“Language… has created the word “loneliness” to express the pain of being alone. And it has created the word “solitude” to express the glory of being alone.” ~ Paul Johannes Tillich, The Eternal Now
If you’re energetically sensitive like me, then you might already understand the importance of time on your own.
Interacting with others draws energy from us. When we are speaking to others, emotionally supporting others, teaching others, healing, helping or even simply thinking about the needs of others, energy flows from us to them.
That’s okay. In fact, it can feel wonderful to give. For many of us, it’s a prime driver. We want to help, we enjoy reaching out and being here for others.
And of course we so often get energy back as we are giving. Especially with the ones we love it becomes a two-way flow.
Some people can actively draw energy from us too. Haven’t you ever come home from a social event, or ended a phone call feeling totally drained, and knowing that the other person went away feeling stronger and more uplifted?
Energy Vampires need to be treated with caution, or avoided, especially on the days when you feel weak, tired or unwell. You know who I mean – the people caught in their own dramas who constantly clutch at you as if they were drowning and you were their only support, people who undermine and criticise you, people who gaslight you, people who are totally self-interested, people who are always takers and never givers. Some of them may be co-workers, friends or the spouses of friends, but some of them may also be your own family members. Sometimes you may even need to end the relationship, or at least put some distance between you.
Solitude – time happily spent on our own – recharges us, strengthens our aura and allows us time for creative and spiritual connection.
You don’t need large amounts of time if you make solitude a regular part of your day. But then again, I also recommend a big chunk of solitude every so often to help top you up and bring you back into balance when your coping mechanisms are becoming thin and worn from too much connection with others.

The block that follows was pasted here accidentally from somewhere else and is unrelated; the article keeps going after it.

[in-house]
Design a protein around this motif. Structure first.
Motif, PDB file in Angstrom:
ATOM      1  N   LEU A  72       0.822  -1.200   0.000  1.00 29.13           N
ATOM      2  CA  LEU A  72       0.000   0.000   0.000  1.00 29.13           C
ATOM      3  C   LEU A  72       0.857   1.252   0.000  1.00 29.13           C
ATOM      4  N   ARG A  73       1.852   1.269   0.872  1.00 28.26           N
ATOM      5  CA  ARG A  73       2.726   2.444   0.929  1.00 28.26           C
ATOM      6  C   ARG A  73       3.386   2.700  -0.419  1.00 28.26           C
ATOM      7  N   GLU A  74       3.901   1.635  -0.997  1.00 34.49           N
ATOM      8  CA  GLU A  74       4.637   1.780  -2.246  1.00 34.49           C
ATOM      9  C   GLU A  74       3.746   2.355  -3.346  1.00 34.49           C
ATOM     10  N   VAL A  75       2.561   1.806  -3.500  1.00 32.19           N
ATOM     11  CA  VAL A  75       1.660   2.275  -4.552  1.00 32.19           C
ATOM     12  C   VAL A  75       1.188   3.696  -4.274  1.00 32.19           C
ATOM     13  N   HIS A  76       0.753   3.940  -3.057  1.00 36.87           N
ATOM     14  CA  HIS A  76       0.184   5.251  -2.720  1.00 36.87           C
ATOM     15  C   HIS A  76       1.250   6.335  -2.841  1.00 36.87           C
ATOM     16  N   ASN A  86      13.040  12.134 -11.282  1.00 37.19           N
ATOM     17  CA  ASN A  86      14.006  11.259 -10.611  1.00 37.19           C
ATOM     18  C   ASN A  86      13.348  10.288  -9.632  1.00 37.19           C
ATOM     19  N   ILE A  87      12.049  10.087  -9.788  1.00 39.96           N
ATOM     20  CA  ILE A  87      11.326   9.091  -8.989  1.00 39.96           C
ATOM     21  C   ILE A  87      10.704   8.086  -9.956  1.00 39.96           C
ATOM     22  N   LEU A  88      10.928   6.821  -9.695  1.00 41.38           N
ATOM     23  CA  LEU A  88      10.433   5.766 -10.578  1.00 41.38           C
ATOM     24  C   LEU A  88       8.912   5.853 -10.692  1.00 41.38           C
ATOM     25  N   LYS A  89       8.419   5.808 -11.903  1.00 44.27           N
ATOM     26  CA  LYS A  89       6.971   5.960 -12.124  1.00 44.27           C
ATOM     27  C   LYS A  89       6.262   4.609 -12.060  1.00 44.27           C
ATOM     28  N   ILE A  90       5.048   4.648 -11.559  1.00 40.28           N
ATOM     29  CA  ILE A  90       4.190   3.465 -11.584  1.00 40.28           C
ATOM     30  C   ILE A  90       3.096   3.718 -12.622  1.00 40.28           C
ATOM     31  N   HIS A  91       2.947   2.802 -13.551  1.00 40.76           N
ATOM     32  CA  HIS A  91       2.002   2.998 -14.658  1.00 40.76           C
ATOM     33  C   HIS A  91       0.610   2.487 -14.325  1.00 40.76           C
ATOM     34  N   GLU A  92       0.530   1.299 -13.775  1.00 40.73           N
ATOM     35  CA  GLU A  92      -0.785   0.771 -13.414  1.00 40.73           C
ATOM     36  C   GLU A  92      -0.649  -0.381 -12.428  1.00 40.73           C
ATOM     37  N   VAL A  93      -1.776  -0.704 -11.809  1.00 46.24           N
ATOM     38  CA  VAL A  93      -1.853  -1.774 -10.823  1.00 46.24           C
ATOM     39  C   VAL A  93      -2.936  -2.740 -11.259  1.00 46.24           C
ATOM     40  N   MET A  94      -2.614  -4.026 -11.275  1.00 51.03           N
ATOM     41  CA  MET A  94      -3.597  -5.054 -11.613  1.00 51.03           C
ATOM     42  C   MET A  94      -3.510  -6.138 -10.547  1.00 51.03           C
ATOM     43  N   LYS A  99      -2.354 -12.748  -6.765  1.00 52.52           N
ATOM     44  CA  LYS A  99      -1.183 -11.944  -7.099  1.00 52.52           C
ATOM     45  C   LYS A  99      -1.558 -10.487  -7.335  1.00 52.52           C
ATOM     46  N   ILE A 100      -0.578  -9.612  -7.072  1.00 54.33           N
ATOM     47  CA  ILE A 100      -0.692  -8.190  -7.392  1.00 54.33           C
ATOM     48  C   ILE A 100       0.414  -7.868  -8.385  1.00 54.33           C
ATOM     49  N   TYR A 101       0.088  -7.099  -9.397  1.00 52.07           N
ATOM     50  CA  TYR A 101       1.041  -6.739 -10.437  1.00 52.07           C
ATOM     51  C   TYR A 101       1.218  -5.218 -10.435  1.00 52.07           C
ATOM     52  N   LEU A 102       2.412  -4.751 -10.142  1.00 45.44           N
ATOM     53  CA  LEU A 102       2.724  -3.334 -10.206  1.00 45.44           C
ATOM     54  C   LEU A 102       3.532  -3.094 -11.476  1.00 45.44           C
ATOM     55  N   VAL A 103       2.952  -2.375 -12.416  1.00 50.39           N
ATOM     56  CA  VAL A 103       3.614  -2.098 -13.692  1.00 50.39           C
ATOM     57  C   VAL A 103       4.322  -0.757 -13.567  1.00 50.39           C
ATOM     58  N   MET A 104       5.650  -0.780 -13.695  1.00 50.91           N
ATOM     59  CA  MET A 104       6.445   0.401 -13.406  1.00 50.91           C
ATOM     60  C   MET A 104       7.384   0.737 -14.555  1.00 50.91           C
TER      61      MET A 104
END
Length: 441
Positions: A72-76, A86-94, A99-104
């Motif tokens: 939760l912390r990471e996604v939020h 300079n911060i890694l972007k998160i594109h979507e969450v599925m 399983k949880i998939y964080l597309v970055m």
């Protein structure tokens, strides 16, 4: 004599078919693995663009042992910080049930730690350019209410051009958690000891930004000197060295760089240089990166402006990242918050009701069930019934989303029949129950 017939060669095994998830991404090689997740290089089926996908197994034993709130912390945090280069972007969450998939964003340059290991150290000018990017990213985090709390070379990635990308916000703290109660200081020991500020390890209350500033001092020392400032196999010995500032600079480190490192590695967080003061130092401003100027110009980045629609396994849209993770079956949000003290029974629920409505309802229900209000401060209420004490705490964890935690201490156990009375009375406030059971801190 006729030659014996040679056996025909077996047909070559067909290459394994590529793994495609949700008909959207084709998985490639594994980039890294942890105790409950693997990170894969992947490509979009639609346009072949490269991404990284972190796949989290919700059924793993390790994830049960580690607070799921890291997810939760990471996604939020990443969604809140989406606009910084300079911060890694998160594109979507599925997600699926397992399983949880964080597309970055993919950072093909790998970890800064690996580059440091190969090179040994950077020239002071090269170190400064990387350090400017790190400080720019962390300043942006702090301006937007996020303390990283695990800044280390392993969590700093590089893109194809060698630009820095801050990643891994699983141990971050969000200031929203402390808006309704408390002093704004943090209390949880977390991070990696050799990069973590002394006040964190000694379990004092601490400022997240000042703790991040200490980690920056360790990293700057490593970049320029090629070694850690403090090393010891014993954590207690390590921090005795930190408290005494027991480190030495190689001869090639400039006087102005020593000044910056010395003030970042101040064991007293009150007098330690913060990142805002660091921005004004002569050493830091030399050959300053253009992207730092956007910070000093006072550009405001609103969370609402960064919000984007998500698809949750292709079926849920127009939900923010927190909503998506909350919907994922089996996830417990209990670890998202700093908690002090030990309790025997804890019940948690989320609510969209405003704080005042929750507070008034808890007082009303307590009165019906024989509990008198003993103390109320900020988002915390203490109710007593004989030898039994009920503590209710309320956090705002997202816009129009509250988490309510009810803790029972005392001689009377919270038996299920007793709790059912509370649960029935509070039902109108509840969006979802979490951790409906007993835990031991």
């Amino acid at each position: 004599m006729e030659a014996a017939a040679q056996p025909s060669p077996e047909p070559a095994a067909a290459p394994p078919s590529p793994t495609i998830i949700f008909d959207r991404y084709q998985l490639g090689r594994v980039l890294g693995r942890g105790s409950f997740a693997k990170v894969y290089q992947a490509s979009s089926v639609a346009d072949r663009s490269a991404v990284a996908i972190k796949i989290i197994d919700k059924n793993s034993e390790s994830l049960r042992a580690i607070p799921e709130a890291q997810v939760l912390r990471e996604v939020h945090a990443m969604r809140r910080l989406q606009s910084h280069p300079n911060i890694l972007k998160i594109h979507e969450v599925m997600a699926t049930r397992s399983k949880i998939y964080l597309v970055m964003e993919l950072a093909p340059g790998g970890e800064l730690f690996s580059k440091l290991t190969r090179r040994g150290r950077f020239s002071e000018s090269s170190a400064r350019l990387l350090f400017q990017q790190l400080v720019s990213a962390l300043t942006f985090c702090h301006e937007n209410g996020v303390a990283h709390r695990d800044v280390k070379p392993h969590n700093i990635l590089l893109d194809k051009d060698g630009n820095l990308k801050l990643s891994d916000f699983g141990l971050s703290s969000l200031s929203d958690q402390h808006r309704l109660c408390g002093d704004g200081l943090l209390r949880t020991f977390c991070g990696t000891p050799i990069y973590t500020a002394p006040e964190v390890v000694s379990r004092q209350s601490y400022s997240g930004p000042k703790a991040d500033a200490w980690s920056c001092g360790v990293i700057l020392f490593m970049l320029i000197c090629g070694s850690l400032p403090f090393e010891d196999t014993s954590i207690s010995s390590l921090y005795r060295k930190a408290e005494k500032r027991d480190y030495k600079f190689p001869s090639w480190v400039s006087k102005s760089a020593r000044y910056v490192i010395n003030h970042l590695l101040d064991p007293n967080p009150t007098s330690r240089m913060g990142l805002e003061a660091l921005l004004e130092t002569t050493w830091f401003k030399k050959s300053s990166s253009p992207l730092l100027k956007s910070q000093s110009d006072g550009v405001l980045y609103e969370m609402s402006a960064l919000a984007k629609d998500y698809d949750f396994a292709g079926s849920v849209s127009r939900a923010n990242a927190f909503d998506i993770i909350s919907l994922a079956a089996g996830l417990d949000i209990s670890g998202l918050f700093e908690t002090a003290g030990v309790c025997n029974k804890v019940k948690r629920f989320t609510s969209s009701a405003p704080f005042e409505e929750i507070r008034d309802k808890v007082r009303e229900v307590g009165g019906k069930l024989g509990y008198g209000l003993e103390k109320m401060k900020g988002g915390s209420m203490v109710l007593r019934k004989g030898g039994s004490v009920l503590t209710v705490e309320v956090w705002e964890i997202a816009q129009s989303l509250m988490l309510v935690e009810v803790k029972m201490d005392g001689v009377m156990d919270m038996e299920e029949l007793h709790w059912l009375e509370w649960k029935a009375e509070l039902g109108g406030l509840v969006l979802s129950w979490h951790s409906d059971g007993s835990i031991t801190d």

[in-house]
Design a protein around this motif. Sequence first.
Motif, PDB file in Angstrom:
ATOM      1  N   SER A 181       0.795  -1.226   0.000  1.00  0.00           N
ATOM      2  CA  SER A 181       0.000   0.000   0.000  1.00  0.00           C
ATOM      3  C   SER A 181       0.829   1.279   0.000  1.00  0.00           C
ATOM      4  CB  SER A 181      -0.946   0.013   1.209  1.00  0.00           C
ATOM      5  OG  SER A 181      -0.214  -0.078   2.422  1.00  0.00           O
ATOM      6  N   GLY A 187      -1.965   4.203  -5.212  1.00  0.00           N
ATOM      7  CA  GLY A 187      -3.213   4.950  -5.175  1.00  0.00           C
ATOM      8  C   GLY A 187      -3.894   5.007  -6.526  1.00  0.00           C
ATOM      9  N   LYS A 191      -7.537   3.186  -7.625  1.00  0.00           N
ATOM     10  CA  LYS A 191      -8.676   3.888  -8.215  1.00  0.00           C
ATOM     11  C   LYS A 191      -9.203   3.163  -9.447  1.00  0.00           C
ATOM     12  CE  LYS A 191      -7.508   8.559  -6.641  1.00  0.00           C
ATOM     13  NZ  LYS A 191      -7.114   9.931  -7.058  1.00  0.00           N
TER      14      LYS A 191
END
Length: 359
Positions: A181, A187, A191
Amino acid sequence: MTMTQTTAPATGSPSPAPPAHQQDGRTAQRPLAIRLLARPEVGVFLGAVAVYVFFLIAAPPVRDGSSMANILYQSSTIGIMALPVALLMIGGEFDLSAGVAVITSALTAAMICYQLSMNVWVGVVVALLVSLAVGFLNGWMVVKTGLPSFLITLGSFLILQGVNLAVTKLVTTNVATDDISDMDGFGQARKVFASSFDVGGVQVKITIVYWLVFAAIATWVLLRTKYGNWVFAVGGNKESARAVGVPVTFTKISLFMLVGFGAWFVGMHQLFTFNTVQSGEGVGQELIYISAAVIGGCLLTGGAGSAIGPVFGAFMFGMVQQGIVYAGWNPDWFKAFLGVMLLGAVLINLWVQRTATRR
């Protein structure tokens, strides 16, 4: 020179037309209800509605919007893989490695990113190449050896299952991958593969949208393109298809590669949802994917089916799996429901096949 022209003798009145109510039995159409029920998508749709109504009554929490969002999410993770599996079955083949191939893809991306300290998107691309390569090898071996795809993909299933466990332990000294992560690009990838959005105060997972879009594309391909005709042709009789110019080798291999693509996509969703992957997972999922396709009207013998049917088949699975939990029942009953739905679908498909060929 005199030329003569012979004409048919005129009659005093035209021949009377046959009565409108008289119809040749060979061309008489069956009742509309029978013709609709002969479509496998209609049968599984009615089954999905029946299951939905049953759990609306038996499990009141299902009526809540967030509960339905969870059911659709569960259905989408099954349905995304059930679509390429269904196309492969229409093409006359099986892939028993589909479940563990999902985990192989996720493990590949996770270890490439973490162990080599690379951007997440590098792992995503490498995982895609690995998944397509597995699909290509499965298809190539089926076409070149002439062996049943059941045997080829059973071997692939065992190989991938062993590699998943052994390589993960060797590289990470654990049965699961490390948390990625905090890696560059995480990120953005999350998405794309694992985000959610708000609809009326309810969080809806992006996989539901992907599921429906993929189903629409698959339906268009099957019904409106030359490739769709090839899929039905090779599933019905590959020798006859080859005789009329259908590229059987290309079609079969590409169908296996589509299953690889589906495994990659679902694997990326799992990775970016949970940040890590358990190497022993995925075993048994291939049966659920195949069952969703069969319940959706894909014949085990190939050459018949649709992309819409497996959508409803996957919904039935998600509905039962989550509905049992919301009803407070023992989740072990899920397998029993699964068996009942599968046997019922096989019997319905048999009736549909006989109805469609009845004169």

For many years now I have found my solitude by getting up early, while the rest of the house sleeps. When people and animals are sleeping they are disengaged from us, leaving us free to concentrate on ourselves completely.
Try this for yourself. If someone else is home, but awake (whether they are in the same room or at the opposite end of the house), the energy will feel quite different to that of them being tucked up in bed, sound asleep.
I wake at four each morning, meditate, do healing work, spend time in spiritual communion, and then I go to my desk and write. It’s my quiet time, and it anchors my entire day. Far from tiring me out to rise so early, I feel that it recharges me, and leaves me free to focus on whatever I like, without the need to be thinking of others unless I deliberately choose to do so.
As soon as one of my family wakes, I feel it, and the spell of my solitude is broken
I may then put my boots on and go for a walk around the farm. Even if the dogs come they usually race ahead, and are caught up in their own busy-ness, and by then I am ready for their company anyway.
There are many ways to find a little solitude for yourself:
- Stay up a little later or get up early, so that the house is yours and you can have some quiet time.
- Take a journal or your ipad and go to a park, cafe or a library. Strangers won’t have the same energetic pull as people who know you, so you’ll still be able to enjoy some solitude even if the world around you is busy and full of life.
- Go for a swim, a bike-ride, a run or a walk.
- Get out into nature.
If you’re in need of a bigger break, take a day off and don’t fill it with friends and family. Let yourself be refreshed by time in your own company.
Take a holiday on your own, or check into a motel for the night. Not to feel lonely, but to feel spaciousness and that luxurious sensation of being able to do whatever you want, whenever you want. Note: this can be challenging for people who are used to making the happiness of others their constant priority but who aren’t in touch with their own needs. When faced with too much time on your own you may end up suddenly feeling lost, lonely and small, which is not the point of the exercise!
When we make time for ourselves, healing happens. Ideas occur. Creative inspiration visits. We remember what’s important and find clearer direction for ourselves, and answers for our problems.
A little solitude is a good thing. It restores you to yourself.
Wishing you some time for yourself today! Much love, ♥ Nicole xx
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